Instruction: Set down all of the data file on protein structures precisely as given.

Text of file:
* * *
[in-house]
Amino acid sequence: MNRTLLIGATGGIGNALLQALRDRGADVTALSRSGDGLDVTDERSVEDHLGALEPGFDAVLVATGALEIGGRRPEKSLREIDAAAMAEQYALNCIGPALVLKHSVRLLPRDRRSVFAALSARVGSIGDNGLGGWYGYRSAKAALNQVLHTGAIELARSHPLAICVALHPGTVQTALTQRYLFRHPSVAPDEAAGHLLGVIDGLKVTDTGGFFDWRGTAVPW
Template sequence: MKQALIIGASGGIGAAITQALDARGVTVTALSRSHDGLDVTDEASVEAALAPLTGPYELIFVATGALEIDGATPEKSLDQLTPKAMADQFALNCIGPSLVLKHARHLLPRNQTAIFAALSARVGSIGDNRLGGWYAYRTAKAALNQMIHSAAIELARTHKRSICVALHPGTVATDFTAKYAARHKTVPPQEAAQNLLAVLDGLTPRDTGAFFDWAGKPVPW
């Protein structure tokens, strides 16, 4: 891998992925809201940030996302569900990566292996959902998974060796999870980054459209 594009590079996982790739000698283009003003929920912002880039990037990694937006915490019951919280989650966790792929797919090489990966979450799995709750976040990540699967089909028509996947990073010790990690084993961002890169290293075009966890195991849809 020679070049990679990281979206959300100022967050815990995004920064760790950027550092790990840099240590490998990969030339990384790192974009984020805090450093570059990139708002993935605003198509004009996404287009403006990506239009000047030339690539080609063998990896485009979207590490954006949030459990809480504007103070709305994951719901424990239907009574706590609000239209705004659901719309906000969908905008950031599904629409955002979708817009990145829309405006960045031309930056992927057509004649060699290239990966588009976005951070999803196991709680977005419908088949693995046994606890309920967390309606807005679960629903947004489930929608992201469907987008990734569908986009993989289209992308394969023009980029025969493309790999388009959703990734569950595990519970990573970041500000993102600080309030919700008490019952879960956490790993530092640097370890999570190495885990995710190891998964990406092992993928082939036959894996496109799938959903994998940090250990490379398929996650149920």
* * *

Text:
[in-house]
Amino acid sequence: MNRTLLIGATGGIGNALLQALRDRGADVTALSRSGDGLDVTDERSVEDHLGALEPGFDAVLVATGALEIGGRRPEKSLREIDAAAMAEQYALNCIGPALVLKHSVRLLPRDRRSVFAALSARVGSIGDNGLGGWYGYRSAKAALNQVLHTGAIELARSHPLAICVALHPGTVQTALTQRYLFRHPSVAPDEAAGHLLGVIDGLKVTDTGGFFDWRGTAVPW
Template sequence: MKQALIIGASGGIGAAITQALDARGVTVTALSRSHDGLDVTDEASVEAALAPLTGPYELIFVATGALEIDGATPEKSLDQLTPKAMADQFALNCIGPSLVLKHARHLLPRNQTAIFAALSARVGSIGDNRLGGWYAYRTAKAALNQMIHSAAIELARTHKRSICVALHPGTVATDFTAKYAARHKTVPPQEAAQNLLAVLDGLTPRDTGAFFDWAGKPVPW
């Protein structure tokens, strides 16, 4: 891998992925809201940030996302569900990566292996959902998974060796999870980054459209 594009590079996982790739000698283009003003929920912002880039990037990694937006915490019951919280989650966790792929797919090489990966979450799995709750976040990540699967089909028509996947990073010790990690084993961002890169290293075009966890195991849809 020679070049990679990281979206959300100022967050815990995004920064760790950027550092790990840099240590490998990969030339990384790192974009984020805090450093570059990139708002993935605003198509004009996404287009403006990506239009000047030339690539080609063998990896485009979207590490954006949030459990809480504007103070709305994951719901424990239907009574706590609000239209705004659901719309906000969908905008950031599904629409955002979708817009990145829309405006960045031309930056992927057509004649060699290239990966588009976005951070999803196991709680977005419908088949693995046994606890309920967390309606807005679960629903947004489930929608992201469907987008990734569908986009993989289209992308394969023009980029025969493309790999388009959703990734569950595990519970990573970041500000993102600080309030919700008490019952879960956490790993530092640097370890999570190495885990995710190891998964990406092992993928082939036959894996496109799938959903994998940090250990490379398929996650149920």